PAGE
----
Last night BBC 2 showed the first episode of Peter Taylor’s three-part series on ‘Generation Jihad’. The opening episode focused on the roots of radicalisation among young British Muslims.
Taylor is an experienced and talented journalist, who is chiefly known for a series of well-regarded documentaries on Northern Ireland. But the first instalment of Generation Jihad also raised a number of important additional questions – particularly about the relationship between radicalisation and Western foreign policy.
Two prominent themes that emerged early in the programme were the central importance of the internet as a tool of radicalisation (something dealt with at length in Tim Stevens’ report for ICSR) and the crucial role played by radicalisers, as active and predatory agents of extremism within Muslim communities.
For example, Taylor discussed the case of Hammad Munshi, Britain’s youngest terrorist convict who was targeted and groomed by older extremists at the age of 15, without the knowledge of his family. Indeed, there is evidence that even younger children have been targeted in this way. At the end of January, police from the Counter-Terrorism Unit in Manchester released a video seized in a raid, apparently showing two infants handling a Kalashnikov rifle and being encouraged to express their desire to ‘kill the infidels’.
In tracing the genesis of Islamist extremism within the UK, Taylor identified the furore over the publication of Salman Rushdie’s Satanic Verses in 1988 as a moment of awakening and heightened political consciousness among UK Muslims, which was subsequently manipulated by extremists to their own ends. He also emphasised the continued importance attached by UK Muslims to the ‘Ummah’, the wider Islamic diaspora.
Most of Generation Jihad was filmed in West Yorkshire, the home of a number of Mohammad Sidique Khan, the 7/7 bomber, and where Taylor himself grew up. Those interviewed (by a Muslim colleague, rather than Taylor himself) included Bilal Mohammed and Rizwan Ditta, who have both served prison sentences for terrorism-related offences. These young men articulated a long list of Muslim grievances about the conduct of ‘Western’ foreign policy over the last two decades. The list included the plight of Bosnian, Chechnyan and Palestinian Muslims, and the invasions of Afghanistan and Iraq. While denying active support for terrorism, some of the interviewees did express sympathy for the al Qaeda aim of cleansing Muslim lands of the presence of Westerners.
Much of this is binary narrative is, of course, familiar. Indeed, it is often given credence by those who campaign against perceived Western ‘imperialism’ but have no formal connection to the Muslim community. It is also temptingly plausible to Western audiences, as its exponents are well aware. But the reality is that extreme Jihadist Salafist ideology is not as relativist or reactive to Western actions as this narrative would suggest.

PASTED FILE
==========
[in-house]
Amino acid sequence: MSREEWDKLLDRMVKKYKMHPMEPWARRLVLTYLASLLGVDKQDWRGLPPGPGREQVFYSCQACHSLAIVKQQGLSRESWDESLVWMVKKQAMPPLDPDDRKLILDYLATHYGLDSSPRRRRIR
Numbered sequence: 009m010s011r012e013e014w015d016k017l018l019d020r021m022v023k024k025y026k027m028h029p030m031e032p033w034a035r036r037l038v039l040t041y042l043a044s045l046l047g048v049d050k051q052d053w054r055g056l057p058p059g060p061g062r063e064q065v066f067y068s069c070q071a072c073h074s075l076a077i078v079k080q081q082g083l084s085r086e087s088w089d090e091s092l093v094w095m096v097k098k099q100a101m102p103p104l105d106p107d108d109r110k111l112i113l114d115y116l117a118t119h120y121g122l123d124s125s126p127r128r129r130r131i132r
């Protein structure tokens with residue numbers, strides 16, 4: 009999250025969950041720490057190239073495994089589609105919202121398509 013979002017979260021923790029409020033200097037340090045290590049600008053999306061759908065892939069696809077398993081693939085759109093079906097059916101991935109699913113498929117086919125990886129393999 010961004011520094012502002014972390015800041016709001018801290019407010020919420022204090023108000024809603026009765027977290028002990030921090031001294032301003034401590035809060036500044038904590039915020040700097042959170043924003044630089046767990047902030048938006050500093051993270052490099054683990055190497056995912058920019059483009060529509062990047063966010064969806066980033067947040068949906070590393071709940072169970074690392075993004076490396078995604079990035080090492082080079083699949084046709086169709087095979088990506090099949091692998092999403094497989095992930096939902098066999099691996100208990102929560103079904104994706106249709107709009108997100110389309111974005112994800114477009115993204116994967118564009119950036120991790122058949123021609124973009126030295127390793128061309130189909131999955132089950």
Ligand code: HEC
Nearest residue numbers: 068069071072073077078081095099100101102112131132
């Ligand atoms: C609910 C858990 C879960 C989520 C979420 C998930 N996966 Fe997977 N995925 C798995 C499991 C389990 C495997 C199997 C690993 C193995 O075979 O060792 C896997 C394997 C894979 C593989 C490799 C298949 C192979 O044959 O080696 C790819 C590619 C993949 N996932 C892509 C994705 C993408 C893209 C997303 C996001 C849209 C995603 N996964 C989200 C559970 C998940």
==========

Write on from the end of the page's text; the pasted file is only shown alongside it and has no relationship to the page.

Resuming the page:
It would have been interesting to see the interviewees pressed further on the contradictions in the Al Qaeda narrative, and the shifting sands on which it is predicated. In the case of Bosnia for example, there is evidence that it was the failure of the West to do more to prevent the slaughter of innocent Muslims – that radicalised many young British Muslims, rather than the NATO intervention of the mid-1990s.
Likewise, even amongst strong opponents of the Western presence in Iraq, it is hard to make a case for Al Qaeda in Iraq as liberators. That group’s tactics, which peaked in 2007, have been to ignite sectarian warfare between Muslims through a succession of huge attacks against the Shi’ite community in the country.
In other words, while there are many links between foreign policy and domestic radicalisation, these are not as simple as are often presumed and should be distilled with care.
Taylor ended the programme by reflecting on the difficulties faced by the authorities in dealing with the threat of home-grown terrorists. He agreed that it was serious and that ‘the police and security services cannot afford to take their eyes of Generation Jihad’ but expressed concern that ‘the danger is that we create even greater resentment that will only end in further attacks’.
This evokes a point that Taylor has often made in his earlier work on Northern Ireland – that heavy-handed security measures exacerbated the terrorist threat from the IRA, by gaining them more sympathisers and recruits. It is certainly the case that the less resentment the police and the security services create, the more that they will be able to isolate extremists within these communities. As yet, however, despite some notable mistakes, there have been no major security blunders against ‘Generation Jihad’ on the scale that characterised the early phase of ‘the Troubles’ in Northern Ireland. And to this point, as far as existing evidence goes, the counter-terrorism efforts of the authorities have not in themselves been a primary driver of violent radicalism.
The next part of Generation Jihad will be on BBC Two at 9pm on Monday 15 February.